Good health during pregnancy is perhaps more important than at any other time and you'll need to get the right balance of nutrients that you and your baby need.
A healthy diet with plenty of fresh fruit and vegetables will go a long way to ensuring a healthy diet but some nutrients are particularly important - and you'll need to take supplements.
Folic acid is important both before and during pregnancy as it helps to prevent neural tube defects such as spina bifida. Ideally women trying to conceive should take a 400 microgram tablet each day, and continue until the twelfth week of pregnancy, but if you were not taking it before you fell pregnant, start as soon as you find out the good news.
Foods such as green leafy vegetables and brown rice contain folate, a naturally occurring form of folic acid. If you or your partner has a neural tube defect, you have diabetes or there is a family history of the condition, you may need a higher dose of folic acid - your doctor can advise.
Though many vitamins can be gained from a good diet, supplements may help to provide you and your baby with essential benefits. Vitamin D, found naturally in oily fish, eggs and meat, regulates the amount of calcium and phosphate in the body, both of which are needed for healthy bones and teeth. The ideal source of vitamin D is sunlight, but if the bulk of your pregnancy occurs during the winter, a supplement will give your baby's bones a boost.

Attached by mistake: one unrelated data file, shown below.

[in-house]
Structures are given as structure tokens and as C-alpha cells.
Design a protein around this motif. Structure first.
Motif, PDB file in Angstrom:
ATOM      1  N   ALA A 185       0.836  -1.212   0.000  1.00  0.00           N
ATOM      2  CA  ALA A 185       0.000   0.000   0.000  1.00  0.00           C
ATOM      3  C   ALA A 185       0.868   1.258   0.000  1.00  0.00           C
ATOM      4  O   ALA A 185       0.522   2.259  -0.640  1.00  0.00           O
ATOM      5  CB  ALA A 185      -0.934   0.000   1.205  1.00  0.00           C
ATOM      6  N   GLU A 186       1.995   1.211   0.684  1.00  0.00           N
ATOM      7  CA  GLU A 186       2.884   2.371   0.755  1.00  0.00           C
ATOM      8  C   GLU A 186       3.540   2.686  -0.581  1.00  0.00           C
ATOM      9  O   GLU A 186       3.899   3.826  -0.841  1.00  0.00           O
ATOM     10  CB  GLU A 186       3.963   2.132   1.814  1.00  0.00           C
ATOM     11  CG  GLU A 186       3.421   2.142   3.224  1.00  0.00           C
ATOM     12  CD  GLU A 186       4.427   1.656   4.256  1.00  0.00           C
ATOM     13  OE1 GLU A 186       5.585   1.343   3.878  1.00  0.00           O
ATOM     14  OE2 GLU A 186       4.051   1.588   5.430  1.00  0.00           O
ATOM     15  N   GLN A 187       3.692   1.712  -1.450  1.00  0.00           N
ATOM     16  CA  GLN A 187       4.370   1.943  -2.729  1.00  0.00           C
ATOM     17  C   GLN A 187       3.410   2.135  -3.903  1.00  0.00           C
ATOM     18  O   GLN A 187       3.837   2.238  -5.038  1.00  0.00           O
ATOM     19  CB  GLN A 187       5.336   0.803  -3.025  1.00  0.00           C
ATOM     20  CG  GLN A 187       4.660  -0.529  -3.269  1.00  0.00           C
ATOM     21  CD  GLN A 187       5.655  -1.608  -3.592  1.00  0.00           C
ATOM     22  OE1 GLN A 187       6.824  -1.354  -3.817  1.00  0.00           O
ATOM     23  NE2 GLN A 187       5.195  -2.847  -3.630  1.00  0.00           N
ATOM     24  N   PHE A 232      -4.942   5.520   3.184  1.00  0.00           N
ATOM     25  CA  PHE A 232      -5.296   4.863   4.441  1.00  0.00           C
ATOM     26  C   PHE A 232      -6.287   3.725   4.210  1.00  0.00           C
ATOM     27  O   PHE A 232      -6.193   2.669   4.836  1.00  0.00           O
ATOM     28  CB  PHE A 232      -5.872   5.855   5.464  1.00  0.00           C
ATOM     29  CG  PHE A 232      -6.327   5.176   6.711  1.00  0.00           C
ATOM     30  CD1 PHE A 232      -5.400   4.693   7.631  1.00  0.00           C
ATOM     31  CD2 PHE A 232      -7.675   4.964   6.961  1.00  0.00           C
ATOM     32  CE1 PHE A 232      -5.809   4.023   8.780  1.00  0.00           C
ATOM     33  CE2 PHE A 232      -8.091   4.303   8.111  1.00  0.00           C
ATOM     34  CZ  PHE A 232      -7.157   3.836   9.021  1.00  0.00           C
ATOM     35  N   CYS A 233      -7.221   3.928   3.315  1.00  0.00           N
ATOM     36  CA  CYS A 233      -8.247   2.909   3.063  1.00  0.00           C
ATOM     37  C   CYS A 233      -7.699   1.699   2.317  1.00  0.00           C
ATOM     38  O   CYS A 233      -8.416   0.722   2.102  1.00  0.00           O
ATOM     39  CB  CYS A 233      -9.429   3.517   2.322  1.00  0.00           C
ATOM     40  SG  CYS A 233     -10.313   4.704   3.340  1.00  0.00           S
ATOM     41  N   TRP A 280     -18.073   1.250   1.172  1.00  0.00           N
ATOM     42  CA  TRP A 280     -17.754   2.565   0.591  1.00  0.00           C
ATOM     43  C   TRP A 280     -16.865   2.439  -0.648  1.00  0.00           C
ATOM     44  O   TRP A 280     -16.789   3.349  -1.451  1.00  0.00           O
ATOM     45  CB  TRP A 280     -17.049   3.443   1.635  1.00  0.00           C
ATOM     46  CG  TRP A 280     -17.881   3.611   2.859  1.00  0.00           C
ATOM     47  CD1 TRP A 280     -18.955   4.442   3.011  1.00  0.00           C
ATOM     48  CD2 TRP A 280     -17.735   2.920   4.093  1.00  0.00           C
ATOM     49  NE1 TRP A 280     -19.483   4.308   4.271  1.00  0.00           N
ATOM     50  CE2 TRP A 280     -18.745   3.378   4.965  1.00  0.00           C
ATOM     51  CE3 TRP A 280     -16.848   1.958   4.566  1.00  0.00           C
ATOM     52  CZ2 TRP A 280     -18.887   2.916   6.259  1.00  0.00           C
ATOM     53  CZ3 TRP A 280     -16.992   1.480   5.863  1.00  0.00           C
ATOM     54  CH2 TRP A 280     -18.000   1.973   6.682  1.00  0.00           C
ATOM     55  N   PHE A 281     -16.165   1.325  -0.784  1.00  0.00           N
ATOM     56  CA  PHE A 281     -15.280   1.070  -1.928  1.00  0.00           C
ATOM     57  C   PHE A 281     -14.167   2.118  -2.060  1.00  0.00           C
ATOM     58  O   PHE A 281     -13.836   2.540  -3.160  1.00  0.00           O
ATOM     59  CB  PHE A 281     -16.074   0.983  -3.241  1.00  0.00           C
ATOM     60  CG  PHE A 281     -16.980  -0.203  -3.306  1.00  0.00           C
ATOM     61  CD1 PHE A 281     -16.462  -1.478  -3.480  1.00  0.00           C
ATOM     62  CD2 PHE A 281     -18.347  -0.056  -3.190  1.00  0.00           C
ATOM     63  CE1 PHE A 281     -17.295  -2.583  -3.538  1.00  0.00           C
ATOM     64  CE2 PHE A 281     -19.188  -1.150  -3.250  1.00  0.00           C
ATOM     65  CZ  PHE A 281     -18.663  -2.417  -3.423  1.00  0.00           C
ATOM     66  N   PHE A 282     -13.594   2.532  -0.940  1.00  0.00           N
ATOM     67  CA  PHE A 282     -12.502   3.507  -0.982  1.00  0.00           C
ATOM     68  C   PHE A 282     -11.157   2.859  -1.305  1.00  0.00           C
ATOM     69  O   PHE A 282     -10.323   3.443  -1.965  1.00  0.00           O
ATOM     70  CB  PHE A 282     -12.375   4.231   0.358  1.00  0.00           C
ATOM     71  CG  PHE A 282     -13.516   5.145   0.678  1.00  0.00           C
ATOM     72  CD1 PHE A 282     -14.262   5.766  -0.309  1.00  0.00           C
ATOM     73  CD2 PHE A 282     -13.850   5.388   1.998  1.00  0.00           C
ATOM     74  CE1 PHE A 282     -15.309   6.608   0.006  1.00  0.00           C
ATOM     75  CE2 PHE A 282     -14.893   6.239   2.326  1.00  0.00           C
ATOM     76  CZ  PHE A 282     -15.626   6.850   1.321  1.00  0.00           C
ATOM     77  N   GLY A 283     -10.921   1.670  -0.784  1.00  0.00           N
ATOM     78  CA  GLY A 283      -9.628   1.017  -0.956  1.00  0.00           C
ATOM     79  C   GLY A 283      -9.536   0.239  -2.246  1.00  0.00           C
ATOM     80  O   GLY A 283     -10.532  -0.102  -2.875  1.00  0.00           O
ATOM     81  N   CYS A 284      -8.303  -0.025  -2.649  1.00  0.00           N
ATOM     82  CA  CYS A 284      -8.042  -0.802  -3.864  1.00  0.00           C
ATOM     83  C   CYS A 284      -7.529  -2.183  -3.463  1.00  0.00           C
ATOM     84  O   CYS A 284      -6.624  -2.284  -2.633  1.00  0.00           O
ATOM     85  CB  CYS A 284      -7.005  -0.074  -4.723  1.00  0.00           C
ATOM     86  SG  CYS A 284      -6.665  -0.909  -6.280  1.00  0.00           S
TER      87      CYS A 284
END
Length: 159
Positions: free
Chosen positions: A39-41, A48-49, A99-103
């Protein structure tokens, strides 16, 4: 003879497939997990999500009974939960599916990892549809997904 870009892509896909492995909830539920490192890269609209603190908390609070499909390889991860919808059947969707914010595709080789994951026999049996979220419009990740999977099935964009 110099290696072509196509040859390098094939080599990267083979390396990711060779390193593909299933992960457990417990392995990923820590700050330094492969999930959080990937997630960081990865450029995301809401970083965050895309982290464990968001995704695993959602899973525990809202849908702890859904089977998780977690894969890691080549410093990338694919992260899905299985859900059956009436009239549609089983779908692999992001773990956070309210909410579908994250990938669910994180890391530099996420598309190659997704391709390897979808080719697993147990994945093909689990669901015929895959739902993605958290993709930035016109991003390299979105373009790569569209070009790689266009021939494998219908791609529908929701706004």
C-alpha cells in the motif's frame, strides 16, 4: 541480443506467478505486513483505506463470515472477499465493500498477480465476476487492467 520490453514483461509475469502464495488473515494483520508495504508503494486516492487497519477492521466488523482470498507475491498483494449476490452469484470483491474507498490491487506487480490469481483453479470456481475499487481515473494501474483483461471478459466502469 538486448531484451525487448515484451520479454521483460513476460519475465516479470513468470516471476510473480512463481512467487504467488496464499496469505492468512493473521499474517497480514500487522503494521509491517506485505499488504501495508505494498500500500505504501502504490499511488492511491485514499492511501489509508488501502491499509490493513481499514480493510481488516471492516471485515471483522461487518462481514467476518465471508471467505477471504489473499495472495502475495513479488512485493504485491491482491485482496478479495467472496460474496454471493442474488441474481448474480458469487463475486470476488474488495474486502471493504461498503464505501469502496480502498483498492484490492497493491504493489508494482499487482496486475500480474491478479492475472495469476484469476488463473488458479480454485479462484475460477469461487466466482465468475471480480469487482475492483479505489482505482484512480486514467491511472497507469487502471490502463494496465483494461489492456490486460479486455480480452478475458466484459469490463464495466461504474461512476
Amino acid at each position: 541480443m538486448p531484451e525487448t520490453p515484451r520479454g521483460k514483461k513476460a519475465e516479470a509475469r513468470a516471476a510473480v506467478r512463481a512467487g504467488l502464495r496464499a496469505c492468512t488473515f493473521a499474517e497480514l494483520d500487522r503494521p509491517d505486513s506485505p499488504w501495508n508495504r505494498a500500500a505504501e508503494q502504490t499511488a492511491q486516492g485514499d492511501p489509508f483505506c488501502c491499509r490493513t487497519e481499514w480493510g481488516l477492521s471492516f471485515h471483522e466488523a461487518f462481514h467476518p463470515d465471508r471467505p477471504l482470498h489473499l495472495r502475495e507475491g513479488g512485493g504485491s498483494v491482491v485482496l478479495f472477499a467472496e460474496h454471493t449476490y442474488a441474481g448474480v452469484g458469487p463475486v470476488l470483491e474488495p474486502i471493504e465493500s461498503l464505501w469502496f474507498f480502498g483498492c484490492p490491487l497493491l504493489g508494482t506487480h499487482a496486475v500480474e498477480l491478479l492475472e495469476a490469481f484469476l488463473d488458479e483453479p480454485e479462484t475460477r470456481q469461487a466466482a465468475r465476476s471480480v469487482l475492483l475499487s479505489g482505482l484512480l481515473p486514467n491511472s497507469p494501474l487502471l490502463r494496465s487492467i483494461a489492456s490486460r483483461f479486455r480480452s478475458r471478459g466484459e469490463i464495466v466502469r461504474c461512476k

Vitamin C is another helpful little nutrient, as it protects cells, but most people get all they need from a diet including plenty of fresh fruit and vegetables. Make sure to take a supplement especially formulated for conception and pregnancy - ordinary multi-vitamins should be avoided as they can contain too much vitamin A, which could harm your baby.
Calcium is an essential mineral as it helps to make your baby's bones and teeth strong. You should consume all the calcium you need as long as you are eating dairy products, green leafy vegetables and fish with edible bones such as sardines.
Iron is also normally gained from diet (lean meat, leafy vegetables and nuts), but some women become short of it during pregnancy and this can lead to anaemia. If you are feeling unusually tired, speak to your GP or midwife about the possibility of taking supplements.
Help with pregnancy health
If you are on a special diet, you may need help getting all the nutrients your baby needs. Vegetarians, for instance, may find it hard to get enough iron and vitamin B12 so may require supplements, and if you are on a strict vegan diet, you should ask to be referred to a dietician for advice on getting the necessary nutrients.
Meanwhile, if you are struggling to find the money to eat healthily or buy supplements during pregnancy, the Healthy Start scheme provides vouchers to qualifying families, which can be used to buy milk, and fresh and frozen vegetables, as well as coupons for vitamins, both for pregnant and breastfeeding mums, and for children up to five years old. Visit the Healthy Start website to see if you qualify, or talk to your midwife about NHS organisations that also offer free vitamins.
Did you take supplements during pregnancy? Leave your comments below...